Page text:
• Transport patient to resuscitation area, notify the whole team (RNs, RTs, etc), and have all the equipment ready (IVs, advanced airways, cardiorespiratory monitors)
  • Consider 500cc to 1L bolus IV of NS; consider 4‐point restraints before giving the naloxone to protect the patient and medical staff, as well as one attempt at bag‐valve‐mask ventilation (BVM) to rule out laryngospasm, which could cause negative pressure pulmonary edema if the patient inspires against a closed glottis once the naloxone is given

 

Oxygen delivery

Nasal prongs deliver only slightly more than the 21% of O2 containted in air because of the entrainment effect it creates, and “100% non‐rebreather mask” only delivers 65‐70% O2 at best To get better oxygenation, a better seal is needed, whether through BVM, non‐invasive positive pressure ventilation (NIPPV), or endotracheal intubation

 

Tips for good BVM technique

  • A health care provider (experienced with BVM) delegated exclusively to this task in order to perform it adequately (RR = 8‐12/min, not more!) with the right sized equipment, and consider using an oropharyngeal airway and/or 2 nasopharyngeal airways (trumpets)
  • 2‐handed, 2‐person technique (2 hands on the mask, and a second person squeezing the bag) is much more effective at opening up the airway by moving the mandible forward into the mask, i.e. jaw thrust, instead of driving the mask down on the face, which makes the soft tissue obstruct the airway

two_person_bvm_1

  • Two methods for 2‐handed technique: (a) mirror image of what is usually done for onehanded technique (image 1), which allows 3 fingers per hand to lift the mandible;and (b) thenar eminences holding the mask with the thumbs in the direction of the patient’s feet, with 4 fingers per hand to lift the mandible (image 2)
  • For bearded patients, consider putting a tegaderm patch on the beard (with a hole for ventilation!), or lubricant jelly in order to improve the seal; for edentulous patients, keep the dentures in for BVM (and remove for intubation), or put gauzes inside the cheeks
  • Mnemonic for difficult BVM: BOOTS – Bearded, Obese, Old, Trauma (eg, obstruction), Stiffness (eg, OSA, COPD); also consider the effects of radiation therapy, which increases stiffness and decreases mouth opening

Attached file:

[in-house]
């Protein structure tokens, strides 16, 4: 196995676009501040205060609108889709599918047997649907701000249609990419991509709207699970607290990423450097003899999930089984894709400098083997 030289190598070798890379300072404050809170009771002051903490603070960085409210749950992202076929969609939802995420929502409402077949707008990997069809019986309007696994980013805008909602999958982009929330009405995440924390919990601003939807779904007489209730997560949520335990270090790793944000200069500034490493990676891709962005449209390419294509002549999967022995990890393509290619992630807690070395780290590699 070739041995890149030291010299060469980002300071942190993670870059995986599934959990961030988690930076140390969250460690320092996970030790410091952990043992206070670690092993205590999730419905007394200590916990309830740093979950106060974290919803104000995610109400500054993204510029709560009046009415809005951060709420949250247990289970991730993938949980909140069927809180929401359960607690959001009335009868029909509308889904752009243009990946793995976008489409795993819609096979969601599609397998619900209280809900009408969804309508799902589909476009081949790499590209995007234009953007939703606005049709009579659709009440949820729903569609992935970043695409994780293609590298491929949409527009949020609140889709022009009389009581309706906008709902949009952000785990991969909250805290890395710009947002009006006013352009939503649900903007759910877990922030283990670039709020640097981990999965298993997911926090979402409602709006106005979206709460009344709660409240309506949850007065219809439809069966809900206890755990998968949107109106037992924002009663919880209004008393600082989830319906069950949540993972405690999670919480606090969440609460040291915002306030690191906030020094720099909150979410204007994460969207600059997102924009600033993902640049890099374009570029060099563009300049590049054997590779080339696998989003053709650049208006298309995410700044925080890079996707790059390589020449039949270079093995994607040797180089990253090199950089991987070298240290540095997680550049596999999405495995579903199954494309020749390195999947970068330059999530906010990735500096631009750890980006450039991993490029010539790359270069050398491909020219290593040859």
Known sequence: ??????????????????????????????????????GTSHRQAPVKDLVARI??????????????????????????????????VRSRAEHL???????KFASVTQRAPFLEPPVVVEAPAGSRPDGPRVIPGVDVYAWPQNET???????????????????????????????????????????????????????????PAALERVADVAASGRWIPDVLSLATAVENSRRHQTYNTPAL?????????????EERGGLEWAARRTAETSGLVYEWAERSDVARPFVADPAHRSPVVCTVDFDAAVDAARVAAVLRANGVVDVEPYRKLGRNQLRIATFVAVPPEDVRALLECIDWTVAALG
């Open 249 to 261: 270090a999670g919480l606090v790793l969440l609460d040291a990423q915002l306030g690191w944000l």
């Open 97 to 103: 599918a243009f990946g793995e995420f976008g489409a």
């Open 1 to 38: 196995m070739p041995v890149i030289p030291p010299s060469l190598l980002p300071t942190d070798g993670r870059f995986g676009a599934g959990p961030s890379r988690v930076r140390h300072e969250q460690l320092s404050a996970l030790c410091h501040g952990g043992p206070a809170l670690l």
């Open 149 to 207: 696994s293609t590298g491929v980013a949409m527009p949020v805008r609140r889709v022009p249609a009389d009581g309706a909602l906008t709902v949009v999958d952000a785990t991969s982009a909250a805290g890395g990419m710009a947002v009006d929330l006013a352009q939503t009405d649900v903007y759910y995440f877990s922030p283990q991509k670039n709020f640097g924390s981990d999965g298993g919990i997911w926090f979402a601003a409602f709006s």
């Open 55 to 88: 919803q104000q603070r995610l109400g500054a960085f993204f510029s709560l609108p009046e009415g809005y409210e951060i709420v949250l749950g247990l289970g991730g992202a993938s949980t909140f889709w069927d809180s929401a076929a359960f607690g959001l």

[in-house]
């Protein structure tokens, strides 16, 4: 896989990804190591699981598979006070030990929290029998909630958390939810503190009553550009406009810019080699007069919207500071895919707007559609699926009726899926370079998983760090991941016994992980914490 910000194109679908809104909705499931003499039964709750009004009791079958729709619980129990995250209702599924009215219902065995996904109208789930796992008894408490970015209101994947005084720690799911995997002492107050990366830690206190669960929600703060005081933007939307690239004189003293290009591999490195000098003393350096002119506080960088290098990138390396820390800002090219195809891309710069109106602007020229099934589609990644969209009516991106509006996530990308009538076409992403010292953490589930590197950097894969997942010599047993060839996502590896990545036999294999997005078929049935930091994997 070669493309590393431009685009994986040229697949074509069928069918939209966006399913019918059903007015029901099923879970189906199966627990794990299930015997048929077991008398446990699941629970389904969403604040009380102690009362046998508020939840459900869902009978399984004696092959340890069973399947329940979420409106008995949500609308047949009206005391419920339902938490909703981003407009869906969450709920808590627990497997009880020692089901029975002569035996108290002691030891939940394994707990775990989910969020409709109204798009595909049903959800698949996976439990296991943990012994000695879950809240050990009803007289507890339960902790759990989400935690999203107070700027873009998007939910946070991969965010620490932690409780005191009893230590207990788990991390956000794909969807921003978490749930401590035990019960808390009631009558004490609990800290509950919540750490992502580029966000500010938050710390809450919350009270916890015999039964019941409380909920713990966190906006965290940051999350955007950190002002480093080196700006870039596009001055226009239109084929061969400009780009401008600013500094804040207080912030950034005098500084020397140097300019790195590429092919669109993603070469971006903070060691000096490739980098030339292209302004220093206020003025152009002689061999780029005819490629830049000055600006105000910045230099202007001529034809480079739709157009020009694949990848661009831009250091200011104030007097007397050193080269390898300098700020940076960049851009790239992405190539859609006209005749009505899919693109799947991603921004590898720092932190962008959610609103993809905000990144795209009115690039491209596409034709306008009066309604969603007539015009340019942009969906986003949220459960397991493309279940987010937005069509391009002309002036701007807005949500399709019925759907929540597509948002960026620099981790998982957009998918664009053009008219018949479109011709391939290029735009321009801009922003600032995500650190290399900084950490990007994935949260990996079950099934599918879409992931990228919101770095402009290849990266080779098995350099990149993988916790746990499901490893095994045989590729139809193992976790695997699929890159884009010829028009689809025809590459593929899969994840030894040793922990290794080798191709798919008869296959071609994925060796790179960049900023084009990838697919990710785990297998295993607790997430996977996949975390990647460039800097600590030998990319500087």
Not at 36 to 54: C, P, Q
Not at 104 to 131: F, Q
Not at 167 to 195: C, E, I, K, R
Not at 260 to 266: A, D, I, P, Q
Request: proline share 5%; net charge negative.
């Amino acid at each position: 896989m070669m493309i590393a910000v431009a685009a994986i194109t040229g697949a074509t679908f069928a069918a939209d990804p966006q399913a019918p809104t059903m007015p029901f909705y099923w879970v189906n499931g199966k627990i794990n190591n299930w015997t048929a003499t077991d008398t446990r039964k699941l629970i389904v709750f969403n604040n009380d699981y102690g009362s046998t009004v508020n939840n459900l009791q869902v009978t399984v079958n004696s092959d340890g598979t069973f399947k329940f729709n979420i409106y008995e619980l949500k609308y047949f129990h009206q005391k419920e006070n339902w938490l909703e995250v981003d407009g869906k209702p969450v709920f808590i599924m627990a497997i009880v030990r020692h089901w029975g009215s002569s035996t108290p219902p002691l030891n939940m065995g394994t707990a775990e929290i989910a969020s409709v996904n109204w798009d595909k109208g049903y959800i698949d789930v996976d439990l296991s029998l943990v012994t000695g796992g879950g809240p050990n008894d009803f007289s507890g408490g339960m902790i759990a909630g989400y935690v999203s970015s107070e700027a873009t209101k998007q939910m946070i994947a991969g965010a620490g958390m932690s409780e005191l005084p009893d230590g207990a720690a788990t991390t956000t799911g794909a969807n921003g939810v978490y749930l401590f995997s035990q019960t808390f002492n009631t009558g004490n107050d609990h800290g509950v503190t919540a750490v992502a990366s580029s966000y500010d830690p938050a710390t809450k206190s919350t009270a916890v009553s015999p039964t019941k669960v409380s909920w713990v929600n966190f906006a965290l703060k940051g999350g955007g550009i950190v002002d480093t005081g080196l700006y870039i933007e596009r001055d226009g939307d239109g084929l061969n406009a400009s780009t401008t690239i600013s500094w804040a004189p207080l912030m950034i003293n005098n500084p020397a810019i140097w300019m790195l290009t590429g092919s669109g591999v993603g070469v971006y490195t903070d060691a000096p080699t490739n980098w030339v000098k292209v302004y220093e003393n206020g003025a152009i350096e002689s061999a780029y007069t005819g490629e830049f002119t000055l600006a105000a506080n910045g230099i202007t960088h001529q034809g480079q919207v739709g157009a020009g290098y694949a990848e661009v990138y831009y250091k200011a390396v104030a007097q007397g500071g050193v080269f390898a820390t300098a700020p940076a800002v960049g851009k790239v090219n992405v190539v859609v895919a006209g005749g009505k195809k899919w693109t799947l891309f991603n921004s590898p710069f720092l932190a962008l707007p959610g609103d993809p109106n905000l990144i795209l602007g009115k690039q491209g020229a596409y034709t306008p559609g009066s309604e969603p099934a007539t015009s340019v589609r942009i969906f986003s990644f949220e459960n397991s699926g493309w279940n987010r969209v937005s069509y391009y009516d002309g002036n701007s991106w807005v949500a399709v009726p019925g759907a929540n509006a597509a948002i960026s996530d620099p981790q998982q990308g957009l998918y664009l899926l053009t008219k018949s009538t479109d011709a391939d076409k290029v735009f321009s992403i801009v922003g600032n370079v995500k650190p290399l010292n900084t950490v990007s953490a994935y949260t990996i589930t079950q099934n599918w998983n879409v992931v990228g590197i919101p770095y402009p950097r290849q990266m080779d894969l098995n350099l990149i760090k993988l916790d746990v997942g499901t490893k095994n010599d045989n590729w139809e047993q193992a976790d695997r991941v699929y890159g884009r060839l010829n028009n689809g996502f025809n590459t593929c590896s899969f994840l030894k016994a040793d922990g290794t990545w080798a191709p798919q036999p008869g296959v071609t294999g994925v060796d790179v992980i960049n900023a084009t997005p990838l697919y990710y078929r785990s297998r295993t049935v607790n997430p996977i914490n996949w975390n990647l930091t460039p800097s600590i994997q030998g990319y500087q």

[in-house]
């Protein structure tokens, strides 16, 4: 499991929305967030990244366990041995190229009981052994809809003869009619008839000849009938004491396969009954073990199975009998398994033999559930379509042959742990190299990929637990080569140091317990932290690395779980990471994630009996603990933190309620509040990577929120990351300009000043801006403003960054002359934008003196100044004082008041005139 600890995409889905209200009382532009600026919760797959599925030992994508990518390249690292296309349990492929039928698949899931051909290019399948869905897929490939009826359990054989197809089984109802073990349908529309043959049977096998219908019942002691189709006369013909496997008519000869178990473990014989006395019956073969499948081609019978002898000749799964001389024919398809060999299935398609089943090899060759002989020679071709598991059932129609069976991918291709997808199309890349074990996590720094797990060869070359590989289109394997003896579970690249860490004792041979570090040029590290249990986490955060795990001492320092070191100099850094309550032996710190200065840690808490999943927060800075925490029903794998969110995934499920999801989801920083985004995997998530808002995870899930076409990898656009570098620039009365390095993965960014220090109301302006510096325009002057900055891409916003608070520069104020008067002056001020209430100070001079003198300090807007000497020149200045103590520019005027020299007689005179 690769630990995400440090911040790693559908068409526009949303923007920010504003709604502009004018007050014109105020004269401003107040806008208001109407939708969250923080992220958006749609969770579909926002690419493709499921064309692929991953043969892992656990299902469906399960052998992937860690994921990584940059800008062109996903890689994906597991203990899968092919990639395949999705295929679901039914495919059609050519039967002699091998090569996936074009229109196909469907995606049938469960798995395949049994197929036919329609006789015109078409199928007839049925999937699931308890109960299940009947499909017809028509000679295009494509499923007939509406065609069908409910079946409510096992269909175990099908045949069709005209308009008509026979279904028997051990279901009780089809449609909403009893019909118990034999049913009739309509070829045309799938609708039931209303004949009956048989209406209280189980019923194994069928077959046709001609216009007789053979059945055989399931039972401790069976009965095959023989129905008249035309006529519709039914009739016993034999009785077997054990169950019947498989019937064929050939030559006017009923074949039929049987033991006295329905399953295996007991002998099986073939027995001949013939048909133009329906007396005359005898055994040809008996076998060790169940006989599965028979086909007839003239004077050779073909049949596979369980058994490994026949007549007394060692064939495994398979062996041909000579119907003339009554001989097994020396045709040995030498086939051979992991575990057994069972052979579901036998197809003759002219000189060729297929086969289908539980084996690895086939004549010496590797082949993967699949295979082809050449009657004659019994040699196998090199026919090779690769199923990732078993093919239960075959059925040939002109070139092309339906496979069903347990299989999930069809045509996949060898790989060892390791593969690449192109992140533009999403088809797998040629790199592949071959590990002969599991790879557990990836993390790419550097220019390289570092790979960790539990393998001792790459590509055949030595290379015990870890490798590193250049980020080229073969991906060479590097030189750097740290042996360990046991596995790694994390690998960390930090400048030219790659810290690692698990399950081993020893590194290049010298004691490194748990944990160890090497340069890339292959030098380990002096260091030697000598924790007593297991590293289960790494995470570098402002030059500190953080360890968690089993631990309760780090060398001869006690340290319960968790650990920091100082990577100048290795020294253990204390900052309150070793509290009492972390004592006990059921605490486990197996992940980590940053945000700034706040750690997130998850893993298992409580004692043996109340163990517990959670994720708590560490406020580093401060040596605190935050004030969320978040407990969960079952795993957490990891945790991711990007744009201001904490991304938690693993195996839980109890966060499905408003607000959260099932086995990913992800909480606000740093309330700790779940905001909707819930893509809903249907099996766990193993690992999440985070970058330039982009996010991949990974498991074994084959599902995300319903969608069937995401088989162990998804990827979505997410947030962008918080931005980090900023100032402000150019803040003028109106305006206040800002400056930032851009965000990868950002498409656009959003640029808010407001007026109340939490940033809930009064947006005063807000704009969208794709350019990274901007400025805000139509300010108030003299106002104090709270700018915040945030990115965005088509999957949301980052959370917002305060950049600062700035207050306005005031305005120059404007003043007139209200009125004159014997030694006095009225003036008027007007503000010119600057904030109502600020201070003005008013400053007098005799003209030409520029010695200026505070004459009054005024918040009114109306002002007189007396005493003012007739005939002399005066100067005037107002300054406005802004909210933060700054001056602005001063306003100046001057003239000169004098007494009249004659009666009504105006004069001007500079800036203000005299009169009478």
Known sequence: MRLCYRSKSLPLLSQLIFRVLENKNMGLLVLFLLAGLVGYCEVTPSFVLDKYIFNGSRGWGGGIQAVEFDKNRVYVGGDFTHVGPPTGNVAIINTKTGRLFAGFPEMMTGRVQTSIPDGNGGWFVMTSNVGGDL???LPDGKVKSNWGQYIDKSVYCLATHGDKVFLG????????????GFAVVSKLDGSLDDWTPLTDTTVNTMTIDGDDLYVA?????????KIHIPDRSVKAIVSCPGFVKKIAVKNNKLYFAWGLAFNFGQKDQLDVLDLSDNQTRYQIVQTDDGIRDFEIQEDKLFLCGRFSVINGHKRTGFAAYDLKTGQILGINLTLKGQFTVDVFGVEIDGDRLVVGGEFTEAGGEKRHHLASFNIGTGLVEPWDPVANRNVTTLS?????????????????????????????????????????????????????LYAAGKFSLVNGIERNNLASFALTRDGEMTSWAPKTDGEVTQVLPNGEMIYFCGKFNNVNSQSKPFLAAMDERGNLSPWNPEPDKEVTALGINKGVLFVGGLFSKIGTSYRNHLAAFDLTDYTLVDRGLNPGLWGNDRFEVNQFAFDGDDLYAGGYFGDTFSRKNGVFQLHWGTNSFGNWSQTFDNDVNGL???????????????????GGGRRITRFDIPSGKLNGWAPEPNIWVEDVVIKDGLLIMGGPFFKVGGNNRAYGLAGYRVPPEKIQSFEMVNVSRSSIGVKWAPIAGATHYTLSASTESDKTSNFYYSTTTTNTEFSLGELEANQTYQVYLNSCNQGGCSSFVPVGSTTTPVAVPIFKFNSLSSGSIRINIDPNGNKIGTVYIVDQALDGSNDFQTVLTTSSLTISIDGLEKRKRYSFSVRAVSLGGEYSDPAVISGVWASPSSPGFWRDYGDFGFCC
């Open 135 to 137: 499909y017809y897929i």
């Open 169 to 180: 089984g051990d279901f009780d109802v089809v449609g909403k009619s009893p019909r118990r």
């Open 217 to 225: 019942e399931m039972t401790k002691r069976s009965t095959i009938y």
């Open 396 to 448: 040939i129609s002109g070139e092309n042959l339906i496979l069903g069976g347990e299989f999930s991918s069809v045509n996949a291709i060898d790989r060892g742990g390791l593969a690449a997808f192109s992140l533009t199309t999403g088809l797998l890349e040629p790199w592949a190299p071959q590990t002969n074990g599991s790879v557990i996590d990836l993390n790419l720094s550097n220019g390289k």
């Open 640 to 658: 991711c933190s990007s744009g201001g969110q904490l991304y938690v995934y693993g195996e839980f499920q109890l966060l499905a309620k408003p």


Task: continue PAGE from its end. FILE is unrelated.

Indications for intubation

  • General indications: obtain and maintain an airway in the setting of obstruction; correct deficient gas exchange (hypoxia or hypercarbia); prevent aspiration of blood, saliva, or other secretions; and predicted clinical deterioration
  • Additional pearls
    • Dogmatic approach like “GCS less than 8 means intubate” is inappropriate because it neglects the expected clinical course of the patient, and also because the GCS scores have only been validated in the setting of trauma (although GCS can still be used as a universal language to communicate with other team members)
    • Patient not protecting his/her own airway is assessed by pooling of secretions in the oropharynx or absence of cough reflex; the presence or absence of gag reflex is not reliable (many elderly patients don’t have it at baseline, and shown to have no correlation with passive aspiration in patients undergoing swallowing studies)
    • Other reasons to intubate: completely unresponsive patient with no expected early improvement; airway protection needed to decontaminate a patient with overdose; and severe sepsis and refractory shock, where the mechanical ventilation is meant to decrease the energy used by the patient for breathing, energy which can then be diverted towards other productive uses by the patient’s body

 

Sellick’s maneuver

  • Cricoid pressure (different than BURP – see below) to prevent passive aspiration by occluding the esophagus against the vertebral bodies
  • The evidence supporting it is poor: it does not decrease passive aspiration, it does not improve intubation success rates, it increases air trapping, it distorts of laryngopharyngeal landmarks, and it decreases venous return from the heart by occluding jugular veins